Skip to content
Join our Newsletter

South Cambie: Flamenco bar serves up funny business

A lot of stand-up comedians owe their first break to Steve Allen. No, not the host of The Tonight Show before Johnny Carson took over, but rather a man with the same name who is the host of Vancouver’s oldest comedy room.
Steve Allen runs the weekly Komedy at Kino. Photo: Jason Lang.

A lot of stand-up comedians owe their first break to Steve Allen. No, not the host of The Tonight Show before Johnny Carson took over, but rather a man with the same name who is the host of Vancouver’s oldest comedy room.

The story behind it even sounds like the set-up for a joke. An actor walks into a flamenco bar and asks to start a comedy night, but this is precisely what happened when Allen approached the owners of the Kino Cafe Flamenco and Tapas Bar on Cambie Street in 2007.

He had recently returned home after several years of living in Los Angeles, a city he moved to because of a small recurring role on The X-Files (under the stage name Willy Ross, he is best known for playing the guy who shot Cancer Man) and he headed south when the show relocated in 1998. He tried breaking into the L.A. comedy scene and discovered firsthand how tough it is to make a name for yourself.

“I wanted to find a user-friendly room where newer comics can learn the trade,” said Allen. “All the other comedy rooms just seemed to be guys who knew guys and so new comics couldn’t get a foot in the door.”

After noticing the Cambie Village venue, which most nights of the week hosts live flamenco music and dance performances, tended to be a little empty on Tuesdays, he and fellow funnyman Byron Bertram (himself best known for playing a helpless husband in a NyQuil cold medicine ad) asked about using the place.

Six years later, hundreds of different people — mostly male, mostly young — have since stepped up to the microphone at Komedy at Kino and it has become a popular weekly destination for new and established comics alike. It offers veterans a chance to work on new material in a more forgiving environment than traditional comedy clubs as well as giving rookies their first shot on stage in shorter sets lasting just three minutes long.

“While there is always a professional who is the headliner, it’s also for people who want to try doing standup for the very first time — a lot of people want to try it at least once just to say ‘I did it’ — and then there are people who want to see if they have the knack for it. A lot of people think they can just go up there and talk like they normally talk to their friends but it doesn’t work like that.”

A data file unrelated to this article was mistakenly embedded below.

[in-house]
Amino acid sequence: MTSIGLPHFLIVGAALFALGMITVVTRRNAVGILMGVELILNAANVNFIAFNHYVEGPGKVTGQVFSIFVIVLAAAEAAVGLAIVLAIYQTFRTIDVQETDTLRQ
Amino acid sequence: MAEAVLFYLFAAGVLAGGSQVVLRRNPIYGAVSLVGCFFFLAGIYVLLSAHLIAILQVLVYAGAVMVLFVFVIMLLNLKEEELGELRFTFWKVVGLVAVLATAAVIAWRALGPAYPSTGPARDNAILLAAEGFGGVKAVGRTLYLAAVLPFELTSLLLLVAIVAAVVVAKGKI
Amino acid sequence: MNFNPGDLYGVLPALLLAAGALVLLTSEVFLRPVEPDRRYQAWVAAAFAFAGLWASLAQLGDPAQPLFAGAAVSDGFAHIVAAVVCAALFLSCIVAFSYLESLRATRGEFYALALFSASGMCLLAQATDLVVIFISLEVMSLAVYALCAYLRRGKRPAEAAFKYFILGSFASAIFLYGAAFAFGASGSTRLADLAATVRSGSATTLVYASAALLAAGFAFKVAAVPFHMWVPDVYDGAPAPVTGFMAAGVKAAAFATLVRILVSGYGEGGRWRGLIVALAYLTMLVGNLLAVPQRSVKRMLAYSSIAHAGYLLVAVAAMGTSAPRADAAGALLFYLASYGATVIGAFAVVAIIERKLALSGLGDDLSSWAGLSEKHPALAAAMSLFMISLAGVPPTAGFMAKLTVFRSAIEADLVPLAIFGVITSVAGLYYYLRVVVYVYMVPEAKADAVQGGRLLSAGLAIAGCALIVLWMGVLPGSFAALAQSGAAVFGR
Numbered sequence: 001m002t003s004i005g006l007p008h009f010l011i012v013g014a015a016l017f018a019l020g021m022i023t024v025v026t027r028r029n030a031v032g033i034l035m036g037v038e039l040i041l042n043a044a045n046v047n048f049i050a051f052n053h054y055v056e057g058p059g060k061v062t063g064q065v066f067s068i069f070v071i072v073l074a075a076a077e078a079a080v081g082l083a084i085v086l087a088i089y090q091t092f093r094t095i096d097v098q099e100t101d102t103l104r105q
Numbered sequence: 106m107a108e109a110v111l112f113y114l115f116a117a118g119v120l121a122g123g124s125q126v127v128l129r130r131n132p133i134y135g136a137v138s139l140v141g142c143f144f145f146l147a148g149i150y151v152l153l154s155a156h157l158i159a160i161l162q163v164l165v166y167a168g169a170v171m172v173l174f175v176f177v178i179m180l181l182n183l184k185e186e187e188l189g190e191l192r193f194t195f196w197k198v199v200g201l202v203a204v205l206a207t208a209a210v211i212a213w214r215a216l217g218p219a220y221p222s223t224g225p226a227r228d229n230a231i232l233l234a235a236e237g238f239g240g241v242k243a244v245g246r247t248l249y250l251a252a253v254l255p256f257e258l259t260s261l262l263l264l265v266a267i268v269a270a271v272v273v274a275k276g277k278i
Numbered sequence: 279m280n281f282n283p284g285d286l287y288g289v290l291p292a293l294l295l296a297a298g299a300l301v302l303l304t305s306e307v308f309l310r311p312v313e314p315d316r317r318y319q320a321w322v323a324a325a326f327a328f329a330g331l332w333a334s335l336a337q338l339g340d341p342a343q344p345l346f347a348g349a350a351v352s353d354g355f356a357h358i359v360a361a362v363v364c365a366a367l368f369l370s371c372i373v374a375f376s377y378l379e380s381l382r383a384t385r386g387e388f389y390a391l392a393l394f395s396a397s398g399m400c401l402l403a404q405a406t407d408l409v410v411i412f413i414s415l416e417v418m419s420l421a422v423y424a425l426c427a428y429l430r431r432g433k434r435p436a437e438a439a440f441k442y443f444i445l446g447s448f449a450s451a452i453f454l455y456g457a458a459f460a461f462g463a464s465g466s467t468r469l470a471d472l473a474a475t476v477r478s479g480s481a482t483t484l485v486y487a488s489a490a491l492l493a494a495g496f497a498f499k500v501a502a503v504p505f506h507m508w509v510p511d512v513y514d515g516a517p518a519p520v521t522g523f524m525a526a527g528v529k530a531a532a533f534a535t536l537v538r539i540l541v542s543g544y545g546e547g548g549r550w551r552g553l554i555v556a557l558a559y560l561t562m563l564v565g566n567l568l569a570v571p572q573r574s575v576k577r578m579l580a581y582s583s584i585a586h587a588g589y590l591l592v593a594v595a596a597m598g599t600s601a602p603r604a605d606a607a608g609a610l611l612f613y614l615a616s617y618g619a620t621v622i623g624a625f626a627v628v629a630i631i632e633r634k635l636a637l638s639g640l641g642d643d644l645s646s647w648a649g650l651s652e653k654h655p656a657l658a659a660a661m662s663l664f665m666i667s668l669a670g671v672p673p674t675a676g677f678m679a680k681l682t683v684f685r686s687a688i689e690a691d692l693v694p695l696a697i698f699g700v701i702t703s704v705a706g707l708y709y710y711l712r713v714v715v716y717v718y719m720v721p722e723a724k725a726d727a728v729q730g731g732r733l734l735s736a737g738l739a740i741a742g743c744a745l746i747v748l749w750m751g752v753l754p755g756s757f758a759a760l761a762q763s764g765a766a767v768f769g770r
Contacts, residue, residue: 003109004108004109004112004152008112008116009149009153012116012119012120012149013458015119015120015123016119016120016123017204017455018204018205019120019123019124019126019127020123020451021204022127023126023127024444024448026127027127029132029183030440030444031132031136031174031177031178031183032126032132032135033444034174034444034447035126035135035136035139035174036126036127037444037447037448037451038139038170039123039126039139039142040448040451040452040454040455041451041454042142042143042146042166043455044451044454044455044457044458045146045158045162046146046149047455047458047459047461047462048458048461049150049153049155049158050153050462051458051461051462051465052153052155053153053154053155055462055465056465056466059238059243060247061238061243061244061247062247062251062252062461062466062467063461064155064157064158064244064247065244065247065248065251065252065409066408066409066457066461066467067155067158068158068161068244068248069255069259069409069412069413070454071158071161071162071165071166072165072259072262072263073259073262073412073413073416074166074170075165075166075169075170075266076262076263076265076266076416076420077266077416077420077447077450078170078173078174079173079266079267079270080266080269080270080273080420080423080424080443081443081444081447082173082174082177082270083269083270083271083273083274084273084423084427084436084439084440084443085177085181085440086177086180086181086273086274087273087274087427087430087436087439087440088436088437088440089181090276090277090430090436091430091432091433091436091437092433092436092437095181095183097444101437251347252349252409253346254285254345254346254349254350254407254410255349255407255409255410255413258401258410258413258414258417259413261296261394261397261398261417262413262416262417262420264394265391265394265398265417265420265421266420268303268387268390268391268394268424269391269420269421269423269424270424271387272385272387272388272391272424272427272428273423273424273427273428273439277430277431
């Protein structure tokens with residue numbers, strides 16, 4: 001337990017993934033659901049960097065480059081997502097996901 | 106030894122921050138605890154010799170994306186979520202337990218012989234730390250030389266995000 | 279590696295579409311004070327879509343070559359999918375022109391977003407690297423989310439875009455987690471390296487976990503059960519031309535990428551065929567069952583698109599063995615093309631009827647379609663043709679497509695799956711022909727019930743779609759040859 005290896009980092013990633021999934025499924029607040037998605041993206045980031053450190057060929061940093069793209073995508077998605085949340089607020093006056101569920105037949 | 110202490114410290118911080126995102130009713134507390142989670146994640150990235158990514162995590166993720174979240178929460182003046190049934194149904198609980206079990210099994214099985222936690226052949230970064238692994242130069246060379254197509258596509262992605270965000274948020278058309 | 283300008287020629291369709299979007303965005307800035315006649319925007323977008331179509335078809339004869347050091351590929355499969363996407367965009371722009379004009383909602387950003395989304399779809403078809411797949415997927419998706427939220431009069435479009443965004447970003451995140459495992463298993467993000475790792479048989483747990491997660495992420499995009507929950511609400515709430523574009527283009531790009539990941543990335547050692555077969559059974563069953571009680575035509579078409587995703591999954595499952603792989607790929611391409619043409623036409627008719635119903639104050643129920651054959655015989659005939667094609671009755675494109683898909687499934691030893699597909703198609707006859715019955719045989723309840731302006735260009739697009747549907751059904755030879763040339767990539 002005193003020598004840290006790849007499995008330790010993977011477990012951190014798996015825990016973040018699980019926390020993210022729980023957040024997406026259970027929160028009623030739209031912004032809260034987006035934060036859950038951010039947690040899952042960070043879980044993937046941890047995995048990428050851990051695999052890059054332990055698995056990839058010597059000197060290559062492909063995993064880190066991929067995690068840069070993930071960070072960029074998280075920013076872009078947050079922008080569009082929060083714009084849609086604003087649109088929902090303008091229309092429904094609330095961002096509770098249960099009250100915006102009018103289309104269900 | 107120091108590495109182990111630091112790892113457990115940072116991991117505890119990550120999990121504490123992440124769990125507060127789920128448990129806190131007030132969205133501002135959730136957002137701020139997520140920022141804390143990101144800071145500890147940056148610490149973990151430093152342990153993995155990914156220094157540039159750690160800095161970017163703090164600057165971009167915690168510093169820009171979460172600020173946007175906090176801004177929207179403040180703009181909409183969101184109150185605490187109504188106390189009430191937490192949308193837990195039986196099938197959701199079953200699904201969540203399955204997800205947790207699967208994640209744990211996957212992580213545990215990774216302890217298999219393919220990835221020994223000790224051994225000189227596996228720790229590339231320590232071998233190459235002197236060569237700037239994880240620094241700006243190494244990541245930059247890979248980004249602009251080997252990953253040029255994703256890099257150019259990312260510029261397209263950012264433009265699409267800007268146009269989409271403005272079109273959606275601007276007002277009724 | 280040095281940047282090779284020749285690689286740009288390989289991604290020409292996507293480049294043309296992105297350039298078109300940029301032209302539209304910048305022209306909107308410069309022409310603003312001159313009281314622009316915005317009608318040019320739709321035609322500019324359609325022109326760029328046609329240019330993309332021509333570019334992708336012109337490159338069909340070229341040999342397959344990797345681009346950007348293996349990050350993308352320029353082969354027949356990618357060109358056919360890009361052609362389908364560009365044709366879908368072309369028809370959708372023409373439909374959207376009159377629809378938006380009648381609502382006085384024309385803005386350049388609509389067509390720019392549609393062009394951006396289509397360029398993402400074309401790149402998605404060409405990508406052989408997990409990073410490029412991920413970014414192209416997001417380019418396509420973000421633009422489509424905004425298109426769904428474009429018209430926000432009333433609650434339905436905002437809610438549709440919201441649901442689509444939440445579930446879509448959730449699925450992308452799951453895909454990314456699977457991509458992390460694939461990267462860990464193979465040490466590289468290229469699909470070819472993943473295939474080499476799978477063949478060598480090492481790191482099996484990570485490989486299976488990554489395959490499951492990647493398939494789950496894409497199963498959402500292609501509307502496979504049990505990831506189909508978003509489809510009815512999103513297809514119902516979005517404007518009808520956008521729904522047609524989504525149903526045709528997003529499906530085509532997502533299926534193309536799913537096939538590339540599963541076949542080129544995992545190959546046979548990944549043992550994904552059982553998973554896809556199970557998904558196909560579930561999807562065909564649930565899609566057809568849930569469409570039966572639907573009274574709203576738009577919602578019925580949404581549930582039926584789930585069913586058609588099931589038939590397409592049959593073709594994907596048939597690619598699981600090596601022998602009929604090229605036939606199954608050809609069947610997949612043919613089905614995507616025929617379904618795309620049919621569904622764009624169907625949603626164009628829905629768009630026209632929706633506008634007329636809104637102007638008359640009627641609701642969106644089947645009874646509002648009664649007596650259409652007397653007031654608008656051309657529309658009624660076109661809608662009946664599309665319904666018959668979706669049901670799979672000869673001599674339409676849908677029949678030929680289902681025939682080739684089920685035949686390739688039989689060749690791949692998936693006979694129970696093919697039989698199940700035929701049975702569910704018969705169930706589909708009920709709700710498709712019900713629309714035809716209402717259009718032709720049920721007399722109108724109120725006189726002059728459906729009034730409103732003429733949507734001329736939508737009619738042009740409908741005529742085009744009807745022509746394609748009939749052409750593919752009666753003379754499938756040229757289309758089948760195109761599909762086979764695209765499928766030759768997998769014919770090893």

Allen, 52, added he is particularly proud when he sees Kino comics move on to bigger things.

“I had Graham Clark coming in here years ago doing three-minute sets and he went on to win the Canadian top comic award and $25,000 at Yuk Yuks,” said Allen. “Even after that, he would still come in here and work on new material.”

Ivan Decker, who was among the performers at the packed sixth anniversary party in January, is another rising star in comedy circles who likes to fine-tune his act there.

“Regardless of how high up you might get in comedy, you’re still going to need rooms like the Kino,” said Decker, a regular on the CBC Radio show The Debaters who is headlining later this month at the Comedy Mix. “Open mike rooms are very important for people who make their livings as comedians because you have to have them to practice your craft. There is no way to tell if a joke is good or not unless you tell it in front of an audience.”

The clean-cut 27-year-old, who recently quit his day job at Science World to do comedy full-time, says starting out in stand-up is no laughing matter.

“It’s very intimidating as a new comic. The idea of deciding that you want to go onstage is a hard enough battle and then there is the task of actually getting booked on a show.”

Seasoned performer Riel Hahn, whose father was one of the founders of the renowned improv troupe Vancouver TheatreSports League and who grew up surrounded by comedians, credits Komedy at Kino for reigniting her own passion for the craft after nearly giving it up.

“I took some time off a few years ago for some personal reasons and I wasn’t sure if I was going to do it anymore and out of the blue wrote this song I thought was really funny,” she said over the phone from San Francisco. “I’m terrified of singing in public but I decided it was too funny to keep this song to myself so I asked Steve to do it and it was just such a great experience and such a great crowd. It brought me back into performing in a really positive way and it’s such a great room to try stuff and see emerging talent. It’s just a really good place to get your chops.”